We have shown that the CPT theorem of the standard Dirac equation also holds for the extended version, which describes a massive fermion doublet obeying the isospin SU(2) symmetry . This result was stated in Equation (16). The combined multiplied matrices of CPT result in Γ5 which is the key matrix for the definition of chirality in the Dirac equation. Moreover, Γ5Φ (or γ5ψ for the standard Dirac equation) also provides a solution to it after mass sign reversal (named M), which we suggest to be adopted as another intrinsic symmetry of the Dirac equation. Related to it we therefore propose the symmetry transformation . It should be multiplied from the right to CPT, which seems incomplete, but when being upgraded to CPTM it simply is proportional to the unity operator. Therefore, for the standard as well as extended Dirac equation we obtain , respectively , which yields the fundamental relation Equation (28) for the standard Dirac equation, and similarly
for the extended Dirac equation describing a massive fermion doublet. We recall that the eigenfunctions of the CPTM operator are just the plane waves [Equation (22)], which represent the wave functions of massive free particles and antiparticles in relativistic quantum theory. With these results we have achieved the main purpose of this short theoretical paper. It emphasizes that by the introduction of the mass inversion operator the CPT theorem can be simplified to the above forms for the CPTM theorem, which do not involve Dirac matrices any more but just the related unit matrix, whereas in the usual form of the CPT theorem [4–7] the γ5 matrix appears explicitly, whereby its physical meaning in this context is according to our knowledge not discussed at all. We speculated  about this possible modification of the CPT theorem previously, although we did not evaluate this rigorously as in the present paper.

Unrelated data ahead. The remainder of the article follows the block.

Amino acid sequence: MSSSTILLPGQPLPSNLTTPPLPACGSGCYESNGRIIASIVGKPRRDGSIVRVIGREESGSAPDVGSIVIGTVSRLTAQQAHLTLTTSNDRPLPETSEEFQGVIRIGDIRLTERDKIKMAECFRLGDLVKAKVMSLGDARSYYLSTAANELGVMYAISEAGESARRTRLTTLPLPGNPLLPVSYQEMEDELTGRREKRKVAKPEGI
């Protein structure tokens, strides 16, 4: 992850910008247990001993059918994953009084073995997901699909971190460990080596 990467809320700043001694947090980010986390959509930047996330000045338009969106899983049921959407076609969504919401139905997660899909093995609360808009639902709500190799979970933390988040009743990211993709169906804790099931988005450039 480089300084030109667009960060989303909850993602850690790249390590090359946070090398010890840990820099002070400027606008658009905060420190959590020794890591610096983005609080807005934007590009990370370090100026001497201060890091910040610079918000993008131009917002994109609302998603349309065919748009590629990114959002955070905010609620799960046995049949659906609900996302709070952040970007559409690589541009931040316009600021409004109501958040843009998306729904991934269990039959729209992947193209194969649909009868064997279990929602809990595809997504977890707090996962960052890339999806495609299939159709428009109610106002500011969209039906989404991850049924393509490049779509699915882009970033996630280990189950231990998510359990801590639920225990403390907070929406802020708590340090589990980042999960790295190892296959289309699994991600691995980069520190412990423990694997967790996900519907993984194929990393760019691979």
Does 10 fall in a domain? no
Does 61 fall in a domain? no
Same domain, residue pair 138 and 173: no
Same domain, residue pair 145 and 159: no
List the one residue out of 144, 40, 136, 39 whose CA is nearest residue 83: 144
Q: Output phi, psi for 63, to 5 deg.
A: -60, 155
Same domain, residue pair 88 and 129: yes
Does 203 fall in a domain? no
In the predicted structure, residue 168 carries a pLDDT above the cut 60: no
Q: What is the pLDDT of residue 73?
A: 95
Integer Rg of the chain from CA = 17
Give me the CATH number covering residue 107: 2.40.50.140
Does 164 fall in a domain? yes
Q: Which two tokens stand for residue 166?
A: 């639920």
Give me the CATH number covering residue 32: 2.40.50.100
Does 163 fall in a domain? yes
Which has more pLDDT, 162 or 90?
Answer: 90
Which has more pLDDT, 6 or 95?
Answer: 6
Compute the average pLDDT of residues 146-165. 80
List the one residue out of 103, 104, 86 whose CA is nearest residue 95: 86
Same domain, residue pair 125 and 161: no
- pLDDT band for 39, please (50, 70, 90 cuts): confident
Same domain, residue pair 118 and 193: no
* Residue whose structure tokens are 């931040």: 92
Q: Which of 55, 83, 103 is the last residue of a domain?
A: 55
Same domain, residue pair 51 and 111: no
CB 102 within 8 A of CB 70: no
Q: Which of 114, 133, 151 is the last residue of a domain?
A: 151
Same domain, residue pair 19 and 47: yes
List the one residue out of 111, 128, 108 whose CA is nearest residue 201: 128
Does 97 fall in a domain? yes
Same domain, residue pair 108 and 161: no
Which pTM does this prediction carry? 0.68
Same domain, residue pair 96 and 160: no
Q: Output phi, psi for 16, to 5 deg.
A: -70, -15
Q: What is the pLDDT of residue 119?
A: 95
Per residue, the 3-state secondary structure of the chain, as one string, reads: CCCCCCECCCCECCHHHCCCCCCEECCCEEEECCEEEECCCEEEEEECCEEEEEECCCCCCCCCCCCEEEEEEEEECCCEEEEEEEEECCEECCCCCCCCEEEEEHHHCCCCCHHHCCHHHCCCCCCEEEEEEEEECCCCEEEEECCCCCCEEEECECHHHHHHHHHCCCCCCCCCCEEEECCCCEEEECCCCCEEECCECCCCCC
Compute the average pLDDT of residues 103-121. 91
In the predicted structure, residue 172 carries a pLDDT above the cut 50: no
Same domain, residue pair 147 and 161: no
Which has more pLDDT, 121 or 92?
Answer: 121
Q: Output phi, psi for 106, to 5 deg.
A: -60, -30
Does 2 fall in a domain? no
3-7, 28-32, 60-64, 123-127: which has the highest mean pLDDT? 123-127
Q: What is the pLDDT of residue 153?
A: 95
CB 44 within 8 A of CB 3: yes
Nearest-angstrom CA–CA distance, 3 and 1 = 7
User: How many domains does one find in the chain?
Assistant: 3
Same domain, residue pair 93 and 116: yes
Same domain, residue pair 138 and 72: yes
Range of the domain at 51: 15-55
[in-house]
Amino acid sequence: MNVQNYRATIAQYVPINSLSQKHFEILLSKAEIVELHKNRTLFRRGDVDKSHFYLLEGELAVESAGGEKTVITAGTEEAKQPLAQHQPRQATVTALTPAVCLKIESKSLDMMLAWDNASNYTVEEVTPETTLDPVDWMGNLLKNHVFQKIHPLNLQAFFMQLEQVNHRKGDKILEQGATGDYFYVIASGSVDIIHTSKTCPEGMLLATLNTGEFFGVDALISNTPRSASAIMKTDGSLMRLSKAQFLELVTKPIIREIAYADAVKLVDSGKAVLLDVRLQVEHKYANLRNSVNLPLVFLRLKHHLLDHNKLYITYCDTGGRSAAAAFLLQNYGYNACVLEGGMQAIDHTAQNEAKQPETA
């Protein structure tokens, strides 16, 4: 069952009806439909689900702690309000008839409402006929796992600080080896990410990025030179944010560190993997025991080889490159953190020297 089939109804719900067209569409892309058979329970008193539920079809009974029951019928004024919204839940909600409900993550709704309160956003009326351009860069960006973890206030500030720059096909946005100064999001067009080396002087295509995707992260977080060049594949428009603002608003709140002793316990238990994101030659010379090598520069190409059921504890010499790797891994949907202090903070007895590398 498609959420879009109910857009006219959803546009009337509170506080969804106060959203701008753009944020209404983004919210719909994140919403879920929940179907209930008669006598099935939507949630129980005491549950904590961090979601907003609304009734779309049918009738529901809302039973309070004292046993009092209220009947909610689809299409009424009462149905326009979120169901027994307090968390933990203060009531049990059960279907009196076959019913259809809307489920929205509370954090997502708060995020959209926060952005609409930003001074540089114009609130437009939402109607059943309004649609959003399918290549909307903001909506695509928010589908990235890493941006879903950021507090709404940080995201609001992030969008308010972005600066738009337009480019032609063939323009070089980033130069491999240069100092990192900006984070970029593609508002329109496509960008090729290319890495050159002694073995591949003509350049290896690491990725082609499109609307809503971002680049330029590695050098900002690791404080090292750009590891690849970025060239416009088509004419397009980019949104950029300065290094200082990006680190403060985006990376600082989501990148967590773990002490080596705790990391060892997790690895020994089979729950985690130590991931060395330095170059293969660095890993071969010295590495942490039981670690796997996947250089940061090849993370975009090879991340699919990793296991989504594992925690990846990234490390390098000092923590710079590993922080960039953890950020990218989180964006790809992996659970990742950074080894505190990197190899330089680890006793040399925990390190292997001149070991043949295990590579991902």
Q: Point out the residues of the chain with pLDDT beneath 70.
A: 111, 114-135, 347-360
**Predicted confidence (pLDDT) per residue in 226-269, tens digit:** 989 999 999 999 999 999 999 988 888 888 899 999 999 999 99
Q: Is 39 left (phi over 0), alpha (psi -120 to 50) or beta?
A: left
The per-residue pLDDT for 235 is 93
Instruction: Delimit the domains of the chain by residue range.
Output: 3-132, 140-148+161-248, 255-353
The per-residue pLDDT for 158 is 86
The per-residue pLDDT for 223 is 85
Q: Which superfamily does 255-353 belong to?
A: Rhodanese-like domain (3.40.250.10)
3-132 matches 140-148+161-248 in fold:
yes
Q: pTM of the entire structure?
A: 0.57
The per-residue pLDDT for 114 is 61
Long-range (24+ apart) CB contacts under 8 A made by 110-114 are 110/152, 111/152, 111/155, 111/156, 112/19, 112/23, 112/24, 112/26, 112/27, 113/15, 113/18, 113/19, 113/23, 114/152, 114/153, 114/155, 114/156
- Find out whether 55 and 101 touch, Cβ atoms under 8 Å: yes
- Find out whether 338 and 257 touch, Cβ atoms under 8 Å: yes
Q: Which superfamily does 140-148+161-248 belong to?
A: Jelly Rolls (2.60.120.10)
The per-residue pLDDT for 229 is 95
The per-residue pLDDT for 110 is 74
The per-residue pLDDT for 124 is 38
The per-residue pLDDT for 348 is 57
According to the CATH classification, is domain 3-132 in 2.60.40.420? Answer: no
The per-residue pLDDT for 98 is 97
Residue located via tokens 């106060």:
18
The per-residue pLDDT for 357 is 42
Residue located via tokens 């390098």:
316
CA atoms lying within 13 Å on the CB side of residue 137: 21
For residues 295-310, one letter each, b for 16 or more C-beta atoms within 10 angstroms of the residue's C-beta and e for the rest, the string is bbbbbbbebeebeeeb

One natural field of application seems to us the state of unusual non-baryonic matter in the universe. The extension of CPT symmetry to CPTM symmetry may be applied to astrophysical and cosmological contexts and studies, as we already discussed in the introduction. For example, CPTM promotes the notion that negative mass states or particles are one of the likely candidates for dark energy, as was suggested by Petit and d'Agostini . It is pointed out that negative mass particles may exist in the de Sitter space-time like for the inflation phase of the early universe, an issue discussed by Mbarek and Paranjape . Another application would be massive neutrinos. Combination of the Majorana-type mass with the Dirac-type mass in the neutrino field can, after Yanagida  and Mohapatra and Senjanović , generate neutrino states with negative mass. Other future applications remain to be determined, and the consequences for quantum field theory beyond the SM still need to be investigated.